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Allied Telesyn offers ‘triple play’

Jun 30, 20034 mins

7000-series IP DSLAMs is pitched as alternative to ATM for IOCs, greenfields.

Allied Telesyn last week unveiled DSL access multiplexers that are based on IP and Ethernet, and specifically designed for “triple-play” applications: video, voice and data over one broadband connection.

Allied Telesyn last week unveiled DSL access multiplexers that are based on IP and Ethernet, and specifically designed for “triple-play” applications: video, voice and data over one broadband connection.

The company’s 7700 and 7400 DSLAMs are designed as a less expensive and more versatile alternative to ATM-based DSLAMs. They also are targeted predominantly at independent operating companies (IOC) that are more bullish than incumbent local exchange carriers (ILEC) when it comes to providing triple-play services over DSL broadband connections.

By offering triple-play services over existing copper, IOCs have a carrot with which to retain customers attracted to the data offerings of satellite and cable companies. These services are also looked upon as a way to reverse declining voice revenue.

To aid in this effort, the 7000-series DSLAMs are optimized for delivery of video over asymmetric DSL (ADSL). They can support IP multicasting of up to 512 video channels via an Internet Group Multicast Protocol (IGMP) snooping, parsing and correlation technique Allied Telesyn developed.

This technique, which identifies and delivers video streams on a per-port basis, is designed to scale IGMP and avoid flooding the network with multicast requests, Allied Telesyn says.

“This was one of the main considerations” for selecting the 7000 series, says Richard Kenshalo, director of engineering, construction and operations of Matanuska Telephone Association in Palmer, Alaska. “It’s essential for what we’re trying to deliver.”

Matanuska evaluated IP DSLAMs from AFC, Cisco, Net2Net and Next Level Communications before deciding on Allied Telesyn. Kenshalo expects a 60% to 70% penetration rate of its digital television service into its subscriber base of 35,000.

In addition to Matanuska Telephone, the 7000-series DSLAMs are deployed by Midwest TelNet, a consortium of IOCs in Wisconsin that services 22,000 subscribers; and Vernon Telephone Cooperative of Westby, Wis.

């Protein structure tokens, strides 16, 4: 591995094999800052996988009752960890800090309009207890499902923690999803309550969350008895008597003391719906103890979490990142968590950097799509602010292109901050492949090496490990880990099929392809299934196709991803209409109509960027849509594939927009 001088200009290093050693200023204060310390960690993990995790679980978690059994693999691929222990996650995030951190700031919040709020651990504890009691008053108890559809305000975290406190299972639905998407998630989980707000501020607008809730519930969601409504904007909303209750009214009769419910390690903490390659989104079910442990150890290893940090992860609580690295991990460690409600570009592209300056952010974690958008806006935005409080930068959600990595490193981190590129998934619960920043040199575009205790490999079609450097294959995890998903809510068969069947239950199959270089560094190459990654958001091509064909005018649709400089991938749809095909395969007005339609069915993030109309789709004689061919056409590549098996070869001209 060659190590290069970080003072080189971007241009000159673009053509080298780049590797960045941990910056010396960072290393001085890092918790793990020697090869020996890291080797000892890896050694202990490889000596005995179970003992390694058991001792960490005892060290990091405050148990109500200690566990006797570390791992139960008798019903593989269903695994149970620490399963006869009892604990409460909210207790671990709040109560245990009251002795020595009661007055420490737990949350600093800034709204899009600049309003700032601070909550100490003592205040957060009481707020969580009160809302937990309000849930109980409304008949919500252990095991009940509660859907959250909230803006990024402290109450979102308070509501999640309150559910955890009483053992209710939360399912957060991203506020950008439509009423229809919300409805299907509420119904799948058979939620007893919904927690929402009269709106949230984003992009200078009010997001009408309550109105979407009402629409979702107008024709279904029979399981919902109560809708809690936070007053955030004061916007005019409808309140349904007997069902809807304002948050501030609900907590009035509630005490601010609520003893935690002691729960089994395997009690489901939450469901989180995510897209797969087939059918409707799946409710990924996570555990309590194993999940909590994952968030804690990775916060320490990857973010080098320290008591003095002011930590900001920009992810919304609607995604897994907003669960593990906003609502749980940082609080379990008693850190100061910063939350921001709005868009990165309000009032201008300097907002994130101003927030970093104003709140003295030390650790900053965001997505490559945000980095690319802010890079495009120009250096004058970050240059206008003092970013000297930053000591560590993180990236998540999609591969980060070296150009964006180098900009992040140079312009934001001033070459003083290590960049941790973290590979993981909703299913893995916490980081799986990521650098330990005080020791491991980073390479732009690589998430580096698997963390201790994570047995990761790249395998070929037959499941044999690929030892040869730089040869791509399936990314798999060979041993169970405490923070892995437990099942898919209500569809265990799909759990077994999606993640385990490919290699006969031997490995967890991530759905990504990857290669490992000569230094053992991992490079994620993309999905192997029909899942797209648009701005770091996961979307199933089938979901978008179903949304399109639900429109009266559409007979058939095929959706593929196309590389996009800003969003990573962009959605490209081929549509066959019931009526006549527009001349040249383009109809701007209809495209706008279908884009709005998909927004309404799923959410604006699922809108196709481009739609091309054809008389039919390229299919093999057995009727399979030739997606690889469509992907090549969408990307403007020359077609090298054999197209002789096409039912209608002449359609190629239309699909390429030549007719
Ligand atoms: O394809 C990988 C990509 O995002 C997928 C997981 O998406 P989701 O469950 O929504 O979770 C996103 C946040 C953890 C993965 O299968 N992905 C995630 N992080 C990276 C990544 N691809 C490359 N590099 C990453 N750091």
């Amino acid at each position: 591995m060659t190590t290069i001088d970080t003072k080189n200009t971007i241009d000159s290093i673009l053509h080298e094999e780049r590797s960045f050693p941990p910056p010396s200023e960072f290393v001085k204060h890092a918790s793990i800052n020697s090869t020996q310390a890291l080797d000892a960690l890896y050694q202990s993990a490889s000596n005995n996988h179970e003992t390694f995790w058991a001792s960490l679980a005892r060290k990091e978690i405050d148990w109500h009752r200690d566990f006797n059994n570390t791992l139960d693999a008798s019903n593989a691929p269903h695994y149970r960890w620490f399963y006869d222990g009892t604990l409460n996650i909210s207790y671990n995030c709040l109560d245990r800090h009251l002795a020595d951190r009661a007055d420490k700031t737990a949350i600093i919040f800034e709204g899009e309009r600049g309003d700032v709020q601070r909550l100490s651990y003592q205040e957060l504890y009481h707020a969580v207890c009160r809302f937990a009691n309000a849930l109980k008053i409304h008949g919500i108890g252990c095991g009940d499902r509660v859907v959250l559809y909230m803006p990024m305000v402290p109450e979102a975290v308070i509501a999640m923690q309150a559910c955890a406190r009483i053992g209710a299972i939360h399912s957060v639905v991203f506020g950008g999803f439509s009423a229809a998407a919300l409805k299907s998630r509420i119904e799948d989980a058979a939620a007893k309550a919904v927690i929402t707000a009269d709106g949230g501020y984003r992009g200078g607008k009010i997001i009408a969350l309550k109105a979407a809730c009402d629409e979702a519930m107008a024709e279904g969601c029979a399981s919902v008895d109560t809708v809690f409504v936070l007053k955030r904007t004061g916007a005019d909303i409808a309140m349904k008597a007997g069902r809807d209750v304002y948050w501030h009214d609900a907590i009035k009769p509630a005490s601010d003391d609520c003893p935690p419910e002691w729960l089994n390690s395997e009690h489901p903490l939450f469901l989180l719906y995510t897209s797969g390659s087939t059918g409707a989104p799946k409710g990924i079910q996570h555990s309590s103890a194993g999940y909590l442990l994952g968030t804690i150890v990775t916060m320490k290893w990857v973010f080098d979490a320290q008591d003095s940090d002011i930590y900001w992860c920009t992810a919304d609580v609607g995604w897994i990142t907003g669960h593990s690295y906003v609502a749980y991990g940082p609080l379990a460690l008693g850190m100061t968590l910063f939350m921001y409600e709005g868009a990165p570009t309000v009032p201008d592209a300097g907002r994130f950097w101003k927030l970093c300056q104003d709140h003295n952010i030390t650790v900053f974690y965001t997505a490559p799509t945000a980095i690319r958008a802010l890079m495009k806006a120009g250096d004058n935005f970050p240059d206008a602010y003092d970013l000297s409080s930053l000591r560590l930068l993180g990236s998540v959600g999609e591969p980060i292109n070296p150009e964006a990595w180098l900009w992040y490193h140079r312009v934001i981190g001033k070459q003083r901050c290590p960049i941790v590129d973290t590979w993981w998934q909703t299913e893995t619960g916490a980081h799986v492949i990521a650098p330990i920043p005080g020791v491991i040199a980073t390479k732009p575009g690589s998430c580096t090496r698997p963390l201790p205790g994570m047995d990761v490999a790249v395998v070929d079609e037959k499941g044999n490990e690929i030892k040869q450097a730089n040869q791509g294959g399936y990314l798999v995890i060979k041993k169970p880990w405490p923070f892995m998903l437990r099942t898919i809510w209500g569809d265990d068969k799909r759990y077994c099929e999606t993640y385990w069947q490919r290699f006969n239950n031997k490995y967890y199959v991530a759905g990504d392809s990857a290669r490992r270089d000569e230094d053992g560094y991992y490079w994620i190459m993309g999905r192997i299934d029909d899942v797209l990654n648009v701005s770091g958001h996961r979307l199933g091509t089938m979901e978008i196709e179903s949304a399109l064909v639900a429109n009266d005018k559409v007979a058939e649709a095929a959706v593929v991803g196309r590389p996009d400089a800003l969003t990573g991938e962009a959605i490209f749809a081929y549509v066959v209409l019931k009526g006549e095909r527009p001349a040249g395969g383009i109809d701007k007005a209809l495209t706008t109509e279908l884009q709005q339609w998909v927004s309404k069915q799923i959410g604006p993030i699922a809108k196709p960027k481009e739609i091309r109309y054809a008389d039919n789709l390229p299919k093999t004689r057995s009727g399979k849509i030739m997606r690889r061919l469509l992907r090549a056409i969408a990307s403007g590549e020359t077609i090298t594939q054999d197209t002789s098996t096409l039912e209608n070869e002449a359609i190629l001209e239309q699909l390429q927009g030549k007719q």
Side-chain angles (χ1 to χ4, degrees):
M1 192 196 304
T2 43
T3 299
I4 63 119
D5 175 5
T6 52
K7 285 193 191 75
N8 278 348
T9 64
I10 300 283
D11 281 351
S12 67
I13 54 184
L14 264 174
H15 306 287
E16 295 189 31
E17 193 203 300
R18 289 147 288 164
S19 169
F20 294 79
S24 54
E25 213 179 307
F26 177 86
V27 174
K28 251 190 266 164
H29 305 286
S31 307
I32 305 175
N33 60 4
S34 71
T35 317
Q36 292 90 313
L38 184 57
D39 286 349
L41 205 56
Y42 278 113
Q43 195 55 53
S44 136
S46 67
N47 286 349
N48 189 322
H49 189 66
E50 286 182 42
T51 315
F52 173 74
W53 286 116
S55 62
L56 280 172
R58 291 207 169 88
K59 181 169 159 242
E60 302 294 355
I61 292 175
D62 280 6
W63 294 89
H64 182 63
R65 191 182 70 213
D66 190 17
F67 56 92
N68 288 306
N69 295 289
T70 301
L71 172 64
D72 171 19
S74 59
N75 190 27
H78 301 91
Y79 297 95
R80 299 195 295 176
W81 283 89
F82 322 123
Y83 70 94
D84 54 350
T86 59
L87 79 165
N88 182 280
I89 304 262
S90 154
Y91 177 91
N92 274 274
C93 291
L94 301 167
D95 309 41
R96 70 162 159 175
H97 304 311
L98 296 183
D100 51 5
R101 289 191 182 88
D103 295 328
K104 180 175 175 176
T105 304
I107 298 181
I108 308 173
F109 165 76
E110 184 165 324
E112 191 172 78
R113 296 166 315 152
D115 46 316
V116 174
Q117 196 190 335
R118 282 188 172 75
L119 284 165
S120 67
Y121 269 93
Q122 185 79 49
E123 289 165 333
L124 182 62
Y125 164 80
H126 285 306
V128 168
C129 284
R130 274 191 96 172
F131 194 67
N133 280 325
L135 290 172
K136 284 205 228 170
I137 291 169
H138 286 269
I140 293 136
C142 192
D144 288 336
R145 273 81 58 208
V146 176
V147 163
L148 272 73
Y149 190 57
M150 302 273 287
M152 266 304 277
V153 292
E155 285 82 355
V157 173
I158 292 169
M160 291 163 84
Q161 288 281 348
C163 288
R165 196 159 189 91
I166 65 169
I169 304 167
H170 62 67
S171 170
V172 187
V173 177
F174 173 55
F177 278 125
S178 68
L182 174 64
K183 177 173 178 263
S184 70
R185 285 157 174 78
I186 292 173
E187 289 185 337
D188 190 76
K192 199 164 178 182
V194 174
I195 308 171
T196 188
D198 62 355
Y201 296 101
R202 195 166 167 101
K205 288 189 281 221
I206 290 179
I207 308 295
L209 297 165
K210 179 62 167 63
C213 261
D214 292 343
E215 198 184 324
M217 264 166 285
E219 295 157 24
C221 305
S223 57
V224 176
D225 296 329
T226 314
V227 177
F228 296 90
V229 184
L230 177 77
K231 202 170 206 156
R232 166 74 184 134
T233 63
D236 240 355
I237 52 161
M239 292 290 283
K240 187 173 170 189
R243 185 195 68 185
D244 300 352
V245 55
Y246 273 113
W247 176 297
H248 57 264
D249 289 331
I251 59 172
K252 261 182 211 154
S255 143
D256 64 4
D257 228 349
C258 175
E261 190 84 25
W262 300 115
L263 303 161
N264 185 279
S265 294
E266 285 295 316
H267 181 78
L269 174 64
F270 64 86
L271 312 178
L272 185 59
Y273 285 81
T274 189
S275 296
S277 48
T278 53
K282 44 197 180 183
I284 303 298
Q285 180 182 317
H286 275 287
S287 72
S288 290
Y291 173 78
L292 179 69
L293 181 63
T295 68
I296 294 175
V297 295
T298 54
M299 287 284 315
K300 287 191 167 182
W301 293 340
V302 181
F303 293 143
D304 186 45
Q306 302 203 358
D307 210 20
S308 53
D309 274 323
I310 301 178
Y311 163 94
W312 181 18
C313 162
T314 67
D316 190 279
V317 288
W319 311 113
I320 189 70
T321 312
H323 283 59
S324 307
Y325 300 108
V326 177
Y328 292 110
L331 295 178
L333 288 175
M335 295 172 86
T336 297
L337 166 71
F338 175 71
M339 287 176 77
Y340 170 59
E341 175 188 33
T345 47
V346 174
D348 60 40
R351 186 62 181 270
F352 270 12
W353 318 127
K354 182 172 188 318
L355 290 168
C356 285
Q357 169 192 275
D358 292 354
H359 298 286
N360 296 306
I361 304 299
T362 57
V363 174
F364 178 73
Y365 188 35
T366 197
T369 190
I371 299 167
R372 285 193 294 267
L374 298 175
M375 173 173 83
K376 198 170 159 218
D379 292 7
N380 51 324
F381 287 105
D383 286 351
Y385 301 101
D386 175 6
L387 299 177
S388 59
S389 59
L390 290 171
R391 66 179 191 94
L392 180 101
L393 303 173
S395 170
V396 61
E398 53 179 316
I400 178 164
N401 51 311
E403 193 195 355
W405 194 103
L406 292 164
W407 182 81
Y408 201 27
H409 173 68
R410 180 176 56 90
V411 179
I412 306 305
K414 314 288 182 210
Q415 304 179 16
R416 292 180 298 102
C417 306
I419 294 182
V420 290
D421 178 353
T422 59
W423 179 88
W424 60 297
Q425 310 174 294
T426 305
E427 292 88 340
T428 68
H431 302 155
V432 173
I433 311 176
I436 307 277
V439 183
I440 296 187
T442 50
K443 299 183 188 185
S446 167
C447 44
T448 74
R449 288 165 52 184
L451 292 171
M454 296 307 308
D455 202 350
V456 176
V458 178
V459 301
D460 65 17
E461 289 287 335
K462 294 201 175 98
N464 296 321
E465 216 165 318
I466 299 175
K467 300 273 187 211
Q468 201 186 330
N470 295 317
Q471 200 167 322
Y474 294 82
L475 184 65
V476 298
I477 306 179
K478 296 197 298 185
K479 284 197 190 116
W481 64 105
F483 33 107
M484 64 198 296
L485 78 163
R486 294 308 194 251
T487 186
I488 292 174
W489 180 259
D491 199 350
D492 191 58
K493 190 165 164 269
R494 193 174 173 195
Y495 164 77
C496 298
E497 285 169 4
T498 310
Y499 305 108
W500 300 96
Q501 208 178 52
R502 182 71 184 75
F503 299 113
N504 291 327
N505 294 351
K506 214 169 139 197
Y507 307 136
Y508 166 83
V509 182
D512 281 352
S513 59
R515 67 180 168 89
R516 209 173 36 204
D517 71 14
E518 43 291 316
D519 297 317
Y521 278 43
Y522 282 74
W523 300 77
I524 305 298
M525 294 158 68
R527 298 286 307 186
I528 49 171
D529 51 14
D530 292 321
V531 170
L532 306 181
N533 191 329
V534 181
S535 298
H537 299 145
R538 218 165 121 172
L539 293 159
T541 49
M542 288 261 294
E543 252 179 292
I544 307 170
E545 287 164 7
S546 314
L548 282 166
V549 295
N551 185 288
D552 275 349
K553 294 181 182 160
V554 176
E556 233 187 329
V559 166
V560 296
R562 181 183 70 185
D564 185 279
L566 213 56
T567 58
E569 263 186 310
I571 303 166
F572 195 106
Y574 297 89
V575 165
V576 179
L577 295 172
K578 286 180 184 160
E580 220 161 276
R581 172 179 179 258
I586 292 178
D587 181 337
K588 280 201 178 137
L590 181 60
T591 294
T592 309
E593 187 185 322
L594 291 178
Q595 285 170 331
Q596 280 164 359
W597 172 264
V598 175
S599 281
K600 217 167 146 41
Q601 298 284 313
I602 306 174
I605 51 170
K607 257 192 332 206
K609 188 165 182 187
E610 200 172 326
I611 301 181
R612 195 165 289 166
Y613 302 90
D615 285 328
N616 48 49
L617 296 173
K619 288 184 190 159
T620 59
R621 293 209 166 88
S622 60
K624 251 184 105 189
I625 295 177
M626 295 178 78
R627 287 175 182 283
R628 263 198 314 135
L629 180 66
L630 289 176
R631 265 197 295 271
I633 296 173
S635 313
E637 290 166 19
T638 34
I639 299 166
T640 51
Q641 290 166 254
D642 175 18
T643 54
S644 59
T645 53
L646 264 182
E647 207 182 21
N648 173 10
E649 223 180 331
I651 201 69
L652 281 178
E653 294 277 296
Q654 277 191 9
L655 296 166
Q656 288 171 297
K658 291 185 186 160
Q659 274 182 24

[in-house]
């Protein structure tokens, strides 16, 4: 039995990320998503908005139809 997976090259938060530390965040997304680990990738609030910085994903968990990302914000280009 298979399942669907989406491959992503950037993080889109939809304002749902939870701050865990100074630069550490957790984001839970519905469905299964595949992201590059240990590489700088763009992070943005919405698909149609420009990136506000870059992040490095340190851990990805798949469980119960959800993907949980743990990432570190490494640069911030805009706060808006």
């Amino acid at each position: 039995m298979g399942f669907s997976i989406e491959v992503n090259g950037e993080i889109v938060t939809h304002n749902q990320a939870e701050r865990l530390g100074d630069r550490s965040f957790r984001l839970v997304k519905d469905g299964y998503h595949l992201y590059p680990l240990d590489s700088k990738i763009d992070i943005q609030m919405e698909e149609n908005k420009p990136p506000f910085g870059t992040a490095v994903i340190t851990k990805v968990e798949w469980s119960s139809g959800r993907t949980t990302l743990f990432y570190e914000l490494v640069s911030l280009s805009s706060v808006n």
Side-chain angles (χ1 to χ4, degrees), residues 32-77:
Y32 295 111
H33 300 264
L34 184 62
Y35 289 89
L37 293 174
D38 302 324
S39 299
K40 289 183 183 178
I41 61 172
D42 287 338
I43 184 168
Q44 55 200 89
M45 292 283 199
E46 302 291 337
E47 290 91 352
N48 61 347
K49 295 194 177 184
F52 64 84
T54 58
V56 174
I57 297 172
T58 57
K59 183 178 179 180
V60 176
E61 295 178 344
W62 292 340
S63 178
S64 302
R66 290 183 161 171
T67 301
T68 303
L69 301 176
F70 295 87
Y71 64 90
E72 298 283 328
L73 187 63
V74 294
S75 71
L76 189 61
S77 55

Location: Bothell, Wash.
Founded: 1987y went toward integration work.
Key personnel: Takayoshi Oshima, chairman and CEO; Howard Kamerer, COO; Norio Suzuki, CFO; Phil Jopa, CTO.
Products: Ethernet and IP routers, hubs, switches, DSLAMs, extenders, media converters, transceivers and adapters; security appliances; access gateways; and optical transport systems.
Financials: $514 million in 2002 revenue.
Customers: 50,000
Employees: 2,500
Fast fact: Allied Telesyn claims to be the fourth-largest supplier of IP networking products to service providers and corporations.

“The IGMP switching request has got to be handled at the port-access edge due to latency concerns,” Kenshalo says. “It’s one of our critical design criteria. Otherwise, you kill your network. People are used to seeing something happen when they change the channel.”

Until now, DSLAMs either had lacked the capabilities to support broadband video or they had been so expensive to deploy that carriers couldn’t profit with them, Allied Telesyn says. By leveraging IP and Ethernet, the 7000-series DSLAMs offer a lower cost – one Gigabit Ethernet port is one-twelfth the cost of an OC-12 ATM port, the company says – and a video-friendly alternative.

“The consensus is, particularly with greenfield builds, you would want to go with Ethernet,” says Michael Kennedy, principal and co-founder of Network Strategy Partners.

IOCs might be embarking upon copper-based builds, but Allied Telesyn will have a harder time tapping into the ILECs and regional Bell operating companies.

Alcatel dominates the DSLAM market in that realm with its ATM-based systems. Also, incumbent carriers are immersed in the idiosyncrasies – and investment – of ATM, so they’d be reluctant to flush that, Kennedy says.

Lastly, with the recently announced Fiber to the Premise (FTTP) initiative, RBOCs apparently are going to begin fiber buildouts soon. So they’ll ostensibly be funneling money away from copper and DSL.

“They’re attempting to do with FTTP what they did with DSL procurement [in 1996], which Alcatel won,” Kennedy says of the RBOCs. “So Allied Telesyn is already behind the eight ball. The biggest procurement of the decade is about to begin, and Allied Telesyn is not on the short list.”

The 7700 and 7400 DSLAMs are Network Equipment Building Standards 3 compliant, and feature a redundant switch fabric and power supplies plus hot-pluggable service modules that support any service in any slot in either chassis. Available service modules include an eight-port ADSL module with integral splitters and a 16-port module without splitters.

The 7700 DSLAM is a 17-slot, 9U chassis designed for central offices. It supports eight to 272 subscribers. The 7400 DSLAM is a seven-slot, 3U chassis designed for small serving offices or remote terminals. It supports eight to 112 subscribers.

Both units feature in-band or out-of-band management via SNMP, Telnet or command-line interface.

Managing Editor

Jim Duffy has been covering technology for over 28 years, 23 at Network World. He covers enterprise networking infrastructure, including routers and switches. He also writes The Cisco Connection blog and can be reached on Twitter @Jim_Duffy and at

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